Japanese Shiba Inu

Japanese Shibu Inu

The Shiba Inu is a sturdy, medium-sized, Spitz-type dog (i.e. he has prick ears, a thick coat, and a curled tail). A smaller version of the Akita, adult males stand at around 39.5cm and adult females at 36.5cm. The thick, soft undercoat is covered in a hard, straight topcoat that comes in red, red sesame (red with black guard hairs), black and tan, or white.

  • Dog suitable for experienced owners
  • Some training required
  • Enjoys active walks
  • Enjoys walking an hour a day
  • Small dog
  • Some drool
  • Requires grooming every other day
  • Non Hypoallergenic breed
  • Chatty and vocal dog
  • Guard dog. Barks and alerts
  • May require training to live with other pets
  • May require training to live with kids

Origin

Bred to hunt and flush small game in the mountains of Japan, the Shiba Inu dog breed is a smaller version of the Akita – indeed, Shiba Inu translates as 'small dog'. One of the oldest known breeds, dating back to the 3rd century BC, the Shiba Inu dog almost died out entirely in the Second World War but the small number of dogs who had survived bombing raids and a distemper epidemic were bred to save the breed.

Personality

An alert, active and friendly dog, the Japanese Shiba Inu dog breed can be quite independent and often has a strong hunting instinct. Early, thorough socialisation is essential, particularly to help them be sociable with other dogs. An unusual feature of the breed is 'the Shiba scream' – a high-pitched vocalisation emitted when excited or agitated.

Health

The Shiba Inu is generally a healthy, robust breed. Like many breeds inherited eye problems can occur and breeding dogs should be routinely eye tested.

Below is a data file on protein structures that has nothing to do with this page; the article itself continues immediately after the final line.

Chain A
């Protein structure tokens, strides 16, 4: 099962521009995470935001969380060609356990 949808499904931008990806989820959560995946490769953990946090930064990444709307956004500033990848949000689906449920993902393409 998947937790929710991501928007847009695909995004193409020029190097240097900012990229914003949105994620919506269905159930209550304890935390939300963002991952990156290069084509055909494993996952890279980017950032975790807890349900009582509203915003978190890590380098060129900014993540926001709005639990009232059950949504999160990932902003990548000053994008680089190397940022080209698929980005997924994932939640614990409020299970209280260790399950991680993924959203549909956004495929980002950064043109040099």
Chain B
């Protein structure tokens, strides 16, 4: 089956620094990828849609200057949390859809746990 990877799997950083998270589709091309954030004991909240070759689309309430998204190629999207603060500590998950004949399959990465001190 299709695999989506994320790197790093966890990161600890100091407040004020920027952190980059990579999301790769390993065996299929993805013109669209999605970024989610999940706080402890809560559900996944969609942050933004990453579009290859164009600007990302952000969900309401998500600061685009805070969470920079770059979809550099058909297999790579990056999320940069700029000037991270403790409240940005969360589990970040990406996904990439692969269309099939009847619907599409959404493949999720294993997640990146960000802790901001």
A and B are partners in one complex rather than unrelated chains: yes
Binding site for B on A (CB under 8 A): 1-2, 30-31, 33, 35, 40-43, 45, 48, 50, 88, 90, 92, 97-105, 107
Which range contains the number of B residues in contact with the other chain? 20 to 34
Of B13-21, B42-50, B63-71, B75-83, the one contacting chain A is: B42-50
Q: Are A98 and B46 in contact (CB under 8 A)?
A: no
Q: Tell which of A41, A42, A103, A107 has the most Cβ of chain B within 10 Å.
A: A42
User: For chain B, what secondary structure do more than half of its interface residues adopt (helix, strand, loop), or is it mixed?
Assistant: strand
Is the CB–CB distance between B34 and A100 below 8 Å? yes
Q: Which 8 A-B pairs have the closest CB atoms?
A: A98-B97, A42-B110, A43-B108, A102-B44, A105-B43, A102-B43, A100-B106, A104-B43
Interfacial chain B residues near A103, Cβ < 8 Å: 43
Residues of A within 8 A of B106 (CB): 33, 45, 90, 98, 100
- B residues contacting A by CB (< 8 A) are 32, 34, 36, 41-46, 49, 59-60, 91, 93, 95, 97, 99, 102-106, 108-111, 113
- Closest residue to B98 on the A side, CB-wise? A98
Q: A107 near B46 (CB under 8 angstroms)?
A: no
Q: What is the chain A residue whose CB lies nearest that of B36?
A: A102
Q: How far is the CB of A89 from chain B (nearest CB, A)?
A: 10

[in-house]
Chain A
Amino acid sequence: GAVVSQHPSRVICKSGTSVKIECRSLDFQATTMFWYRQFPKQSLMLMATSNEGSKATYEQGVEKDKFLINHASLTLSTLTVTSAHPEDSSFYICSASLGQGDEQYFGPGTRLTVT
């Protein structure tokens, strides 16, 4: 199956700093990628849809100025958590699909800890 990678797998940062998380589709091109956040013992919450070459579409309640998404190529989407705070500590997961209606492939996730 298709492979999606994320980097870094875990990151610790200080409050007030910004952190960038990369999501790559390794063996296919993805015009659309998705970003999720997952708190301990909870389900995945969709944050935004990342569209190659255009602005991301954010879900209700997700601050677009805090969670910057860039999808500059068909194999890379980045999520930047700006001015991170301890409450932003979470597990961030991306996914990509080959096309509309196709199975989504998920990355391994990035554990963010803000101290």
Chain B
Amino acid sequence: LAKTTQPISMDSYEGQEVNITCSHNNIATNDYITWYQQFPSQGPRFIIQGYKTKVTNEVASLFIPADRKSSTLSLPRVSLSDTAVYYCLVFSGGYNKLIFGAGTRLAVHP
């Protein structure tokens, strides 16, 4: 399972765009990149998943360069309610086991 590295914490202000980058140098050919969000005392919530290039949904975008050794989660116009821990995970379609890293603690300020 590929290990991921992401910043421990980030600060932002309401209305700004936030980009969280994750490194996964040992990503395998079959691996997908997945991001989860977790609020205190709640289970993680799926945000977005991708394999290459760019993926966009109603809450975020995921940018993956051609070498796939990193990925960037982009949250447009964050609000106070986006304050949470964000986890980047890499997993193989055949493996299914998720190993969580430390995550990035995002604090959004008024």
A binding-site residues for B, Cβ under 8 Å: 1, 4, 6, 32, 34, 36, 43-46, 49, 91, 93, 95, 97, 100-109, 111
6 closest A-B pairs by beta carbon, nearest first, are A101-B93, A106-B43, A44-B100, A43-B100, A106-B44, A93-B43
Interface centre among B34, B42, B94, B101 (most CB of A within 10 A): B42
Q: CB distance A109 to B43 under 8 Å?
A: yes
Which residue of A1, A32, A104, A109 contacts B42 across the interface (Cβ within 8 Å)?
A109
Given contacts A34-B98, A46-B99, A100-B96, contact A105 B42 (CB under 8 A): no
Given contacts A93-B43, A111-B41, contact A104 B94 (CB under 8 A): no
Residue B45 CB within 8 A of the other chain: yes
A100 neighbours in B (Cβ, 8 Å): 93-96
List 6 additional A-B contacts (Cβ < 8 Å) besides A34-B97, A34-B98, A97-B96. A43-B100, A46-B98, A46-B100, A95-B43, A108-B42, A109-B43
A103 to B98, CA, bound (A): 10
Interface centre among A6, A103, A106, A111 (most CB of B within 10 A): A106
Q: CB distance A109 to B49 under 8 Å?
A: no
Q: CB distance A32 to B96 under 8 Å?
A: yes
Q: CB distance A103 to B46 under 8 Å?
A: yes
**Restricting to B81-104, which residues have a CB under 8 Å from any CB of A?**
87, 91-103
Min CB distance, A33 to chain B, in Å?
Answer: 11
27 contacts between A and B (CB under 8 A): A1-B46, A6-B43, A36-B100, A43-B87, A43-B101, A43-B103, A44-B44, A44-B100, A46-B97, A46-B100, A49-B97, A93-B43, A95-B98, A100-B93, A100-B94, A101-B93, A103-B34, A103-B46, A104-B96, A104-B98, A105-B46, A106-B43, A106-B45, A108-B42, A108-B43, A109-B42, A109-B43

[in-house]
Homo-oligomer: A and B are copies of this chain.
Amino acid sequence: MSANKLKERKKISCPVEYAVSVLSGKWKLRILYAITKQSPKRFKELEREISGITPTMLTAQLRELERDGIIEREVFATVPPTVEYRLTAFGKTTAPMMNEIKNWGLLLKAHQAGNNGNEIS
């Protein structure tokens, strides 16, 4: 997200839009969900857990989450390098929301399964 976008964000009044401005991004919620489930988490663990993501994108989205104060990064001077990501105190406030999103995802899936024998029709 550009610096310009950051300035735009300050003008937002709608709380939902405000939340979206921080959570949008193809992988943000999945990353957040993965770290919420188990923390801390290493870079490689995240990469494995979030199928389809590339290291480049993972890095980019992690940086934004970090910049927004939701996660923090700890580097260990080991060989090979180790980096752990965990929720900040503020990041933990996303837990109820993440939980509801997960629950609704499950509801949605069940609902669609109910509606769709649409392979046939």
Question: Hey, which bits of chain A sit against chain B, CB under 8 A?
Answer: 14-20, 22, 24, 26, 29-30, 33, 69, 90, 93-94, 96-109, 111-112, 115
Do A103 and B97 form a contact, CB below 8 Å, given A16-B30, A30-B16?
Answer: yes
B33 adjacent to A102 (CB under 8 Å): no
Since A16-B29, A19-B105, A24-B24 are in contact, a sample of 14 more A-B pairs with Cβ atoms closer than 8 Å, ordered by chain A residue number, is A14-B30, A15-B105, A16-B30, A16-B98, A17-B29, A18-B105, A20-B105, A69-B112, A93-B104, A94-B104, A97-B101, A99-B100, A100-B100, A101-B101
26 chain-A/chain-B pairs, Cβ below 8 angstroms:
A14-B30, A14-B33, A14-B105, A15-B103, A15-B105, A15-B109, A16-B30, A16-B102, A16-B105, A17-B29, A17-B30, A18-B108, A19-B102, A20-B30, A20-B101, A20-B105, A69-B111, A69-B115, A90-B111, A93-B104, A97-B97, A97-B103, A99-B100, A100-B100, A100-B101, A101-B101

Exercise

About an hour's daily exercise is needed. Because of their potential desire to chase, do ensure you have a reliable recall before letting them off the lead and only exercise in safe, enclosed areas.

Nutrition

Your dog's diet needs to have the right balance of all the main nutrient groups including a constant supply of fresh water. It's also important to conduct regular body condition scores to ensure you keep your dog in ideal shape and remember to feed him at least twice daily and in accordance with the feeding guidelines of his particular food.

Grooming

The Shiba Inu is a very clean breed – in fact, he self-grooms rather like a cat. However, the coat does need brushing about once a week, and when the coat sheds, you'll realise how thick that undercoat really is!

Best Dog Breeds for Children

While many dogs are traditionally thought of as being good with children , all dogs and children need to be taught to get on with and respect each other, and be safe together. Even so, dogs and young children should never be left alone together and adults should supervise all interactions between them.

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Is this the right breed for you?

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What to consider next

Adoption

It is incredibly fulfilling to adopt a dog from an animal shelter or rescue organization. It often means offering them a second chance in life. There are many dogs waiting for a loving family, a forever home. Reputable centers will be very careful about matching the right people with the right dogs. Staff learns all they can about the dogs they take in, and will spend time getting to know you, your family and your lifestyle, before they match you with any of their dogs. They’ll also be happy to give you advice and answer any questions you might have before and after the adoption. Click here for more information.

Finding a good breeder

If your heart is set on a pedigree puppy, then your best bet is to find a reputable breeder. Contact The Kennel Club or a breed-club secretary who may have a list of litters available, or should be able to put you in contact with breeders in your area. Try to choose a breeder who is part of the Kennel Club’s assured breeder scheme.Visit dog shows to meet breeders in person and inquire about availability of pups of your chosen breed. Click here for more information.

Welcoming your dog home

Whether you’re bringing home a tiny puppy or rehoming an adult dog, this is a hugely exciting time for everyone. While you’re waiting for the big day you might need to distract yourself, so luckily there are a few things you need to sort out before you welcome your new arrival. Click here for more information.